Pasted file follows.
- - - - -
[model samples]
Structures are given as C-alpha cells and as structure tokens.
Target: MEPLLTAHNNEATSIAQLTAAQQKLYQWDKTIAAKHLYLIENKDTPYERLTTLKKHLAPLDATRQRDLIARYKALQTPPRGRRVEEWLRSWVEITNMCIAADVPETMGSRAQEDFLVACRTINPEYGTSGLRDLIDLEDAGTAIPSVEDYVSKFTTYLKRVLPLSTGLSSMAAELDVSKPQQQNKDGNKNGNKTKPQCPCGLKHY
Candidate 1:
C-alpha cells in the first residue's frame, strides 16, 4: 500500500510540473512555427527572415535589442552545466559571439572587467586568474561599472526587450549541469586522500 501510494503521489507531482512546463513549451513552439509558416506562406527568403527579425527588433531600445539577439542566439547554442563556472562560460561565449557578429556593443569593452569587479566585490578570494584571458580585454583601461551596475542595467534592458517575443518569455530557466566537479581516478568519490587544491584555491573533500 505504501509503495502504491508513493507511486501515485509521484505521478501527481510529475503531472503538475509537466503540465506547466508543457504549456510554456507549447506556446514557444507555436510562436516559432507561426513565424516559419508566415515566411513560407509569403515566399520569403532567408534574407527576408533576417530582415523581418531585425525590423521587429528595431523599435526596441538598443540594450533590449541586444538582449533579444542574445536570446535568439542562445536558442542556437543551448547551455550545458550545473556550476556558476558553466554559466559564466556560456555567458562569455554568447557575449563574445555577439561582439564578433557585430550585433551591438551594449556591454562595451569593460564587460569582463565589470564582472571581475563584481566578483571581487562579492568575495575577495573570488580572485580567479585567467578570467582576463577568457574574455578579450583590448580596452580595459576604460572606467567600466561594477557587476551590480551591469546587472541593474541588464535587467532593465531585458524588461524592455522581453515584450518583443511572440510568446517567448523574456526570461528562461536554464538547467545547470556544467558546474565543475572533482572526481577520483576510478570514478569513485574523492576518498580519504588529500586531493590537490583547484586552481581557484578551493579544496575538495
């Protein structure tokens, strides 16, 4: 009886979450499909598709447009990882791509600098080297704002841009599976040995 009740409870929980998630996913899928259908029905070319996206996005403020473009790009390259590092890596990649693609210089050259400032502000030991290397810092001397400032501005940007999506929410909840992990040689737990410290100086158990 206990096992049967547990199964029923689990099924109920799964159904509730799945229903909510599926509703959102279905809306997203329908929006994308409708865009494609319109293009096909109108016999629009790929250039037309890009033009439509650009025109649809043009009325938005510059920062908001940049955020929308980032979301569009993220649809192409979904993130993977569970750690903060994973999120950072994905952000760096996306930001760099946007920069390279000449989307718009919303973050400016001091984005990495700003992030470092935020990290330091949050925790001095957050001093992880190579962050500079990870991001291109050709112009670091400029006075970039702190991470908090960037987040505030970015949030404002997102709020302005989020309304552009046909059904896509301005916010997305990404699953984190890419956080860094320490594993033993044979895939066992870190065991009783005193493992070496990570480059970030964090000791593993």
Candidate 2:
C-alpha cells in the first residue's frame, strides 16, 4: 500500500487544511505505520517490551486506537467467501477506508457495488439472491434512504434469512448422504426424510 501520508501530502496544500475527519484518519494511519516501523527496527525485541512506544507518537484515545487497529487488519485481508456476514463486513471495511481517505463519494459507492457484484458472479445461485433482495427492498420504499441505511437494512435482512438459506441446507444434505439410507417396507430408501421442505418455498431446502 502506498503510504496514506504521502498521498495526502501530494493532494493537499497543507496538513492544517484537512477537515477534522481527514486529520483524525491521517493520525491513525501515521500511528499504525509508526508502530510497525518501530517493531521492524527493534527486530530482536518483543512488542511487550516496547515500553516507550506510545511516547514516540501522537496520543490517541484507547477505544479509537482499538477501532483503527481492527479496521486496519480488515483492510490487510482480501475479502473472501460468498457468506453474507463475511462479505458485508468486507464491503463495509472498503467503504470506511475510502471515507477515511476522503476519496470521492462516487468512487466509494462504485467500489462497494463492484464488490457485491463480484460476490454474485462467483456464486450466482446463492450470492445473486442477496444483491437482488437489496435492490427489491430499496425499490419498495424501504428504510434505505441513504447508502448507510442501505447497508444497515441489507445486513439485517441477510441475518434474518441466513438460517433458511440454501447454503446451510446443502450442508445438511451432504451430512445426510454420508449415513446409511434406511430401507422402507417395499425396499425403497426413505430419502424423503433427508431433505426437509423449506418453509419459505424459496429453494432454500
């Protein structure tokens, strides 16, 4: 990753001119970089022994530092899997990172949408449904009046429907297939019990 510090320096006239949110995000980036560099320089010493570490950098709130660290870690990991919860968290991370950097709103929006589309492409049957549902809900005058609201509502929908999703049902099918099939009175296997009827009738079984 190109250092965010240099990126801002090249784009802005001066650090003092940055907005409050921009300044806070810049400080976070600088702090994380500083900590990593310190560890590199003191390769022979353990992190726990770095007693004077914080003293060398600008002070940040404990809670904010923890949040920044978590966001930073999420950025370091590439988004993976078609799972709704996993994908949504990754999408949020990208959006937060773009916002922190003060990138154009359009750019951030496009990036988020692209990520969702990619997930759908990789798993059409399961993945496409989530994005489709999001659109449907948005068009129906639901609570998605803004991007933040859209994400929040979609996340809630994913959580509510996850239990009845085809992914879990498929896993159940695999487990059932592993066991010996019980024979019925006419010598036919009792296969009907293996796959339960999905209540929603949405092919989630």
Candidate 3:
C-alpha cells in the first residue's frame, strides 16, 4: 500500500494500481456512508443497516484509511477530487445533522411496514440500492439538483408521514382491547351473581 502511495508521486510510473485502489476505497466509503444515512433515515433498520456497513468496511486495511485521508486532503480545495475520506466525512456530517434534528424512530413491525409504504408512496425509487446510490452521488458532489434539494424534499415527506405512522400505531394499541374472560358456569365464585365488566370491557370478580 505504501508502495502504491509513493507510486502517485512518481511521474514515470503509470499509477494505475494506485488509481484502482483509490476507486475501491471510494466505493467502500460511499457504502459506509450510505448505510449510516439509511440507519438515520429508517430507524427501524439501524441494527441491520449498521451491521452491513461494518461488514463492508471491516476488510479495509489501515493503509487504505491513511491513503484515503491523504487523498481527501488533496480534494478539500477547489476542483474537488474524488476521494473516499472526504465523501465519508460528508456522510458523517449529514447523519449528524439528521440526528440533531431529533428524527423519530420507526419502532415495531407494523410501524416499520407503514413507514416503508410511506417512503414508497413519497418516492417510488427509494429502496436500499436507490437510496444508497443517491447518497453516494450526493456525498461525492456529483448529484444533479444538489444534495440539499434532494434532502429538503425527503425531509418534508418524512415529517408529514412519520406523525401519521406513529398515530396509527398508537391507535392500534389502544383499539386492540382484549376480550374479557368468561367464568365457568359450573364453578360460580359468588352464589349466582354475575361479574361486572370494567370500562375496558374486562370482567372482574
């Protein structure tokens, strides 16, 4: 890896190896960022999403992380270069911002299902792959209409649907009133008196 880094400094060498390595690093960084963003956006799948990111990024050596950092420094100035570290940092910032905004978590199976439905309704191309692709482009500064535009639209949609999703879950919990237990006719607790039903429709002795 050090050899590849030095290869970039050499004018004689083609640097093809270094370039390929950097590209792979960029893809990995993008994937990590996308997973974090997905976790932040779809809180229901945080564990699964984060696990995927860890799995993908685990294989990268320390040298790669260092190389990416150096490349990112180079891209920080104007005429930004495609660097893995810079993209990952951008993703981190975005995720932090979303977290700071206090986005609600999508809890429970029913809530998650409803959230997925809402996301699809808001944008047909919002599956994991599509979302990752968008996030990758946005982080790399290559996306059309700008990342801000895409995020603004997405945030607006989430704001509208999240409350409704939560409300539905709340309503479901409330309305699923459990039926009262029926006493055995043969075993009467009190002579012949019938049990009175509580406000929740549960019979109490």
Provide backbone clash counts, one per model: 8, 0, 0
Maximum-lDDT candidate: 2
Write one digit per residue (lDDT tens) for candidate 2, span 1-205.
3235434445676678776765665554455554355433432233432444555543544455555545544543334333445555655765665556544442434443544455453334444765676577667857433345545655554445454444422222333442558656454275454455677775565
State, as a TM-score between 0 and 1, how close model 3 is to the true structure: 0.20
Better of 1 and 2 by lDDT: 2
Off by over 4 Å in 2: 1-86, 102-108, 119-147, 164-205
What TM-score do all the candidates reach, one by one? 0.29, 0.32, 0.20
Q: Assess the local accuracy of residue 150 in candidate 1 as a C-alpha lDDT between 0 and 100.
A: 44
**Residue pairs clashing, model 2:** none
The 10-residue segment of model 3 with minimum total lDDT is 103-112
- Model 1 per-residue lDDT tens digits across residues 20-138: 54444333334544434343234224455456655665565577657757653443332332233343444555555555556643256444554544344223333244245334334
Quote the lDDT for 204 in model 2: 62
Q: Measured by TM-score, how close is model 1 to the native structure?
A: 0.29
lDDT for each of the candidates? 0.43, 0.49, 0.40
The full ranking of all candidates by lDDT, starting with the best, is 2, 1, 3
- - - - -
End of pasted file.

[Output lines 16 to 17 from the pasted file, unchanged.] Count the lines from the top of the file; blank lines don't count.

3235434445676678776765665554455554355433432233432444555543544455555545544543334333445555655765665556544442434443544455453334444765676577667857433345545655554445454444422222333442558656454275454455677775565
State, as a TM-score between 0 and 1, how close model 3 is to the true structure: 0.20